Think of the hardest, most frustrating Android game you've played thus far. Is it Angry Birds, with its unparalleled addictiveness? Or how about Plants vs. Zombies, which has a seemingly infinite number of levels and is within spitting distance of Angry Birds' can't-put-it-down factor?

Or - dare I say it - perhaps none of the games you've downloaded from the Android Market have been difficult enough for you. Perhaps you're on the lookout for something a tad more complex - a tad more like this:

Indeed, if a vexing mobile game is what you want, you couldn't do much better than Orbital Defender. Due mostly to the fact that moving around is an automatic ordeal rather than a user-controlled affair, Addictive Zone has a seriously hard-to-play game on its hands - but, at less than $1 for the full version, also one that probably won't break the bank.

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The plot is simple enough: it's 2012, and our solar system is under attack from a variety of otherworldly assailants, ranging from gargantuan spaceships to comets and meteors of all shapes and sizes. You're in charge of a comparatively tiny aircraft that routinely orbits planet Earth (which starts out as a misshapen brown sphere but, with the help of a few 'Repair' power-ups, evolves into the blue and green globe we know today). Your mission? To gather up the most powerful weapons possible and use them to stop the raiders dead in their tracks.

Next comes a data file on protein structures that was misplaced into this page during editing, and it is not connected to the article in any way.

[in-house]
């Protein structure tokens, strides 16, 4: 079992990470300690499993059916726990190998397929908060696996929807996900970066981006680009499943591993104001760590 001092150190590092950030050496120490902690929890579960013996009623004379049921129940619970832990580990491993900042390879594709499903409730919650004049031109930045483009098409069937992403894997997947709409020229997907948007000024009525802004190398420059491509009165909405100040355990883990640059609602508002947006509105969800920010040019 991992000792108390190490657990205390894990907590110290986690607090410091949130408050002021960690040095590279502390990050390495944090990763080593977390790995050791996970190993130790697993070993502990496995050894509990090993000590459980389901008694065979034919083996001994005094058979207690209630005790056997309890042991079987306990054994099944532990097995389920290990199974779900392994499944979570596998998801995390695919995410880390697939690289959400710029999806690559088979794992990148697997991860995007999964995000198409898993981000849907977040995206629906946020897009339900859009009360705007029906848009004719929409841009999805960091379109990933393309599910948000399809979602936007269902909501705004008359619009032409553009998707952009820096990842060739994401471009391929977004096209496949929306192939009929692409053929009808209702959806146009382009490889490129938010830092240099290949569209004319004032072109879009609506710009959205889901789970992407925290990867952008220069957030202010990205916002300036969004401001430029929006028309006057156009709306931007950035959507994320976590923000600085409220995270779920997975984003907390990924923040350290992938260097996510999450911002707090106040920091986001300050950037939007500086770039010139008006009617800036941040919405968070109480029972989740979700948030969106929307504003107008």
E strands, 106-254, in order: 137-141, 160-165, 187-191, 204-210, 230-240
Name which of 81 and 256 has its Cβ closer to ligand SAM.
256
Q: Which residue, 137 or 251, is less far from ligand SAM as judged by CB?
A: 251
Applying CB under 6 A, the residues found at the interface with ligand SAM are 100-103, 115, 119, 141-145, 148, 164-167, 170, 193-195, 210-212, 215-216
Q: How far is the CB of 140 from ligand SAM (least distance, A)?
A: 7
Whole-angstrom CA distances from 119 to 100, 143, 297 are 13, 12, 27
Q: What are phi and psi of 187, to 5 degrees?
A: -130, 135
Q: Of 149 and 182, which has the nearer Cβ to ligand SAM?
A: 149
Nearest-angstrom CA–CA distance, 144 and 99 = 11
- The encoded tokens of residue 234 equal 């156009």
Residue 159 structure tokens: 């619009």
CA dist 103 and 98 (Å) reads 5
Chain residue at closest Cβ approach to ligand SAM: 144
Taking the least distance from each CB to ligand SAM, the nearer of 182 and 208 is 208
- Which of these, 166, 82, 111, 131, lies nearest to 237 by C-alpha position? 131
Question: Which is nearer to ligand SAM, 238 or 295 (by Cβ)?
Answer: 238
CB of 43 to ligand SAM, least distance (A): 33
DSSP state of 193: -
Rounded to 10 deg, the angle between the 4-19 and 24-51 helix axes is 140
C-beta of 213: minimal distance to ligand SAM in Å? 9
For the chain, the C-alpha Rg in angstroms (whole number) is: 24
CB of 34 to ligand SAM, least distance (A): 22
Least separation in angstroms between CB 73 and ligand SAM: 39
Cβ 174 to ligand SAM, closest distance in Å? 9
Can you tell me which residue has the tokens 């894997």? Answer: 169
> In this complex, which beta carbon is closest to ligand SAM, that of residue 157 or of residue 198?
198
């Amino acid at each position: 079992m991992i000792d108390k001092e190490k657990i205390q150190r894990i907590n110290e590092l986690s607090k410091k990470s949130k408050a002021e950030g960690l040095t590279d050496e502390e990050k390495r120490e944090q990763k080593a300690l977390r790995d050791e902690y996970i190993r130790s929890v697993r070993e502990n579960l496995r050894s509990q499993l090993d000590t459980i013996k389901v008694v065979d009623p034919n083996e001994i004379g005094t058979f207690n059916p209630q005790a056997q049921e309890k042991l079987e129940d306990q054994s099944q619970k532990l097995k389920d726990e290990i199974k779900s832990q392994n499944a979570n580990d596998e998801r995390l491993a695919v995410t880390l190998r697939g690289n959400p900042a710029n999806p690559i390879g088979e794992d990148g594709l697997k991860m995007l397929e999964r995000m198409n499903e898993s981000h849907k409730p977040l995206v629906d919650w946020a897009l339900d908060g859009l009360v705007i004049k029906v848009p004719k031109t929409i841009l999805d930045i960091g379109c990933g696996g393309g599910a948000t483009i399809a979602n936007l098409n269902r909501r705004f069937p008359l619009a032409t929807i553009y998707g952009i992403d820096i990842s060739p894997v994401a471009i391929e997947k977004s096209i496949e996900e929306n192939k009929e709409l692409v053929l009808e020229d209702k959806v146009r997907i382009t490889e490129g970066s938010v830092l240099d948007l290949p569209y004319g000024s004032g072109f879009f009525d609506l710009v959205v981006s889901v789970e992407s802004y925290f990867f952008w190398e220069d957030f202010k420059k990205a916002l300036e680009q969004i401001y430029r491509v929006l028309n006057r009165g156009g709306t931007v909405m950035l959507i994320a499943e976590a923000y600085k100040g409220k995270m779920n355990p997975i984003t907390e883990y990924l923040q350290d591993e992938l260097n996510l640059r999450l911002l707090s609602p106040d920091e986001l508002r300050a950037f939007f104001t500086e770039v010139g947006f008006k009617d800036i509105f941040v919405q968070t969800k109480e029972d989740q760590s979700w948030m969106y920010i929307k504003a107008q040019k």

Thing is, there's a lot of those raiders, and there's only one of you. As you'll find out after playing the game for, oh, half a minute, that can be quite problematic.

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Your one hope lies in the power-ups you can collect with the aid of your bullets. Whether they're new types of missiles, powerful bombs capable of temporarily obliterating your foes, or repair pills/shields that protect your planet, power-ups are a core part of Orbital Defender's gameplay, and you'd be lost without them - as you well might be if you don't shoot them down while you can (they gradually fade into oblivion if not captured).

To make the game harder still, you can't control how slowly or rapidly you orbit the planet. You can't shoot through it, either; if you attempt to do so, you'll only damage it. Ergo, you must simply keep going 'round and 'round, hopefully managing to kill some enemies along the way.

Again, all this makes for a very difficult game - one so difficult, in fact, that it almost takes away from the app's appeal. Nonetheless, I found it equally difficult to put Orbital Defender down, and its challenging (if occasionally frustrating) nature also means that it'll entertain you for quite some time.

At a very reasonable $0.99 ($0 for the five-level lite version), I wouldn't hesitate to recommend Orbital Defender - just know what you're getting into; otherwise, you might find yourself being regularly and uncharacteristically late for dinner with no one but your phone to blame.